80-MW Kimberly Run wind project in Pa. advances in the PJM queue system

Kimberly Run LLC has proposed an 80-MW wind generating facility located in Somerset County, Pennsylvania, said a PJM Interconnection study on the project dated September 2015.

The installed facilities will have a total capability of 80 MW with 10.4 MW of this output being recognized by PJM as capacity. The proposed in-service date for this project is in December 2017. This study does not imply a Pennsylvania Electric (Penelec) commitment to this in-service date, PJM noted. The Point of Interconnection for this project, under queue #AA1-046, will be in the Penelec transmission system at the Somerset-Allegheny 115-kV line.

The intent of this System Impact Study is to determine a plan, with approximate cost and construction time estimates, to connect the subject generation interconnection project to the PJM network at a location specified by Kimberly Run. This study is a mid-point in the process of getting an Interconnection Service Agreement from PJM.

Said the EverPower Wind Holdings website about this project: “The Kimberly Run Wind project is a proposed 80 MW wind farm located in the Towns(hips) of Brothers Valley and Somerset in Somerset County, PA. The project will be located on primarily farmland and recreational land and could include up to 40 turbines when completed. The project’s point of interconnection is expected to be just north of the project area on a 115kV transmission line. Current plans will utilize a turbine at 100 meter (330 feet) hub height and will include a series of project roads and overhead and underground collection and transmission lines throughout the project area.”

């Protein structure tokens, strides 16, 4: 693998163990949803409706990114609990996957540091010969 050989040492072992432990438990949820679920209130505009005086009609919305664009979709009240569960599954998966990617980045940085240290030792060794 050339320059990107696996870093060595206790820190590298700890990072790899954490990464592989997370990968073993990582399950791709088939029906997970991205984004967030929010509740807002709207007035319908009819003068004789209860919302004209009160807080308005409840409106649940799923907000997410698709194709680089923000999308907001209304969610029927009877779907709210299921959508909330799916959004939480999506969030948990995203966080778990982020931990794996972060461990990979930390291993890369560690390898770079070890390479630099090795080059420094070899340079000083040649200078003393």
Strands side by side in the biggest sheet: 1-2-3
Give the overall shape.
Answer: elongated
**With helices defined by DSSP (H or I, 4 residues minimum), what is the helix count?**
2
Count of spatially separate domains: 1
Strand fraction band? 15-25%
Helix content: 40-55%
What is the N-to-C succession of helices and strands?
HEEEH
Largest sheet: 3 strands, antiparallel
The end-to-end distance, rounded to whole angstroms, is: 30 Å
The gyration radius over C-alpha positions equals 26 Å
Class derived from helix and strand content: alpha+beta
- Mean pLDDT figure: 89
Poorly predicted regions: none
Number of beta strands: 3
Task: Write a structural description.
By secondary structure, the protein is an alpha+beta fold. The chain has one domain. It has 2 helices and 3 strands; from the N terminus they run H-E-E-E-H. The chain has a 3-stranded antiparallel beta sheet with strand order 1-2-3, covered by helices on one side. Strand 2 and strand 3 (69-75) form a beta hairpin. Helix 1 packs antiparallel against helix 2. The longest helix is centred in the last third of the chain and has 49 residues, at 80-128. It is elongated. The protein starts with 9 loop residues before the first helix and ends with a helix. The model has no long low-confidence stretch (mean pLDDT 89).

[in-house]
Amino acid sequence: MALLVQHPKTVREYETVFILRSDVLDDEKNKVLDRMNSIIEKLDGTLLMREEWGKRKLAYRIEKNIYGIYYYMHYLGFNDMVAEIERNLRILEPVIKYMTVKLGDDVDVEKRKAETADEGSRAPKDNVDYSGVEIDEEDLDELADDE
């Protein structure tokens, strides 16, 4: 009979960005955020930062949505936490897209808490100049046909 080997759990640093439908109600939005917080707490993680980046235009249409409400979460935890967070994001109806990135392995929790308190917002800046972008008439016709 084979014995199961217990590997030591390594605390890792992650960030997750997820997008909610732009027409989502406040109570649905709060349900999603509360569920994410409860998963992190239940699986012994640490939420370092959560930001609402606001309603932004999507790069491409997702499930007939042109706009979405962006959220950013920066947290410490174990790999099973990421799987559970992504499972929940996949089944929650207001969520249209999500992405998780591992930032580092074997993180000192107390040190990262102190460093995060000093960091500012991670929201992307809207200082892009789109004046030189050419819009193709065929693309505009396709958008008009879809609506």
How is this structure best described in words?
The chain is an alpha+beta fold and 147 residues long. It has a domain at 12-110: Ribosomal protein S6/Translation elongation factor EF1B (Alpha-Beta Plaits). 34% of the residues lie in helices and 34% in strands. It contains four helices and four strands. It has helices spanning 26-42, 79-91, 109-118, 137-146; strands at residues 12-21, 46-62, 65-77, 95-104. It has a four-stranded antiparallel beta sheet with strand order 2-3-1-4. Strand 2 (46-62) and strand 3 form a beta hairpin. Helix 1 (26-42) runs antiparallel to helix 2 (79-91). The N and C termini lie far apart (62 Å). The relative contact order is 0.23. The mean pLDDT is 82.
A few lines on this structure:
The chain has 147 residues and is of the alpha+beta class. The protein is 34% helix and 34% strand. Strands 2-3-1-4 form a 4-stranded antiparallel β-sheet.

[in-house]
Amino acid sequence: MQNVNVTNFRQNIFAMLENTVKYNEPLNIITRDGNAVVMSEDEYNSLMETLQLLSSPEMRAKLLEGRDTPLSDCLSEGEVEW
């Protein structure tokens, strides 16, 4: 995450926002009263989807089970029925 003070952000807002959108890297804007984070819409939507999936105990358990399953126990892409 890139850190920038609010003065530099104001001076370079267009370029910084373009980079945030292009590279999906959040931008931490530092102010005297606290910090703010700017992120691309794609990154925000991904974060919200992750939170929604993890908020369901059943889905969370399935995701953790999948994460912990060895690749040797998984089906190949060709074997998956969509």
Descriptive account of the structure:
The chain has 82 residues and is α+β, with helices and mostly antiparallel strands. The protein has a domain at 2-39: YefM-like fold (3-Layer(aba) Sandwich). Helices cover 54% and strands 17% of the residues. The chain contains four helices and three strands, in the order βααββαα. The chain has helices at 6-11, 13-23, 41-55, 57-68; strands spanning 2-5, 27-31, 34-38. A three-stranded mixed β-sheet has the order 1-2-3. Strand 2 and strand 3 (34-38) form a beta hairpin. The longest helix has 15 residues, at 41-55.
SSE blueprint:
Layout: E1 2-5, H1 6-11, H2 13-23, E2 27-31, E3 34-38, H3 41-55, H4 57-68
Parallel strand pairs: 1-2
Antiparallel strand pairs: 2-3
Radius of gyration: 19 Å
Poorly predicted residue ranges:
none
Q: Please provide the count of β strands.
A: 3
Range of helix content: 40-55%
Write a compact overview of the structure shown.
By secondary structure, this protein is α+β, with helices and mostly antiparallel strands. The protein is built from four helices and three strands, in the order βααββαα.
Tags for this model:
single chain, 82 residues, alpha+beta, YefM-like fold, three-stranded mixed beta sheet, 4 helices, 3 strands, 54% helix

Both a map on the EverPower website and a map in the PJM study show the northern point of the project area as nearly abutting the south side of the Pennsylvania Turnpike, a main east-west highway across Pennsylvania.

About Barry Cassell 20414 Articles
Barry Cassell is Chief Analyst for GenerationHub covering coal and emission controls issues, projects and policy. He has covered the coal and power generation industry for more than 24 years, beginning in November 2011 at GenerationHub and prior to that as editor of SNL Energy’s Coal Report. He was formerly with Coal Outlook for 15 years as the publication’s editor and contributing writer, and prior to that he was editor of Coal & Synfuels Technology and associate editor of The Energy Report. He has a bachelor’s degree from Central Michigan University.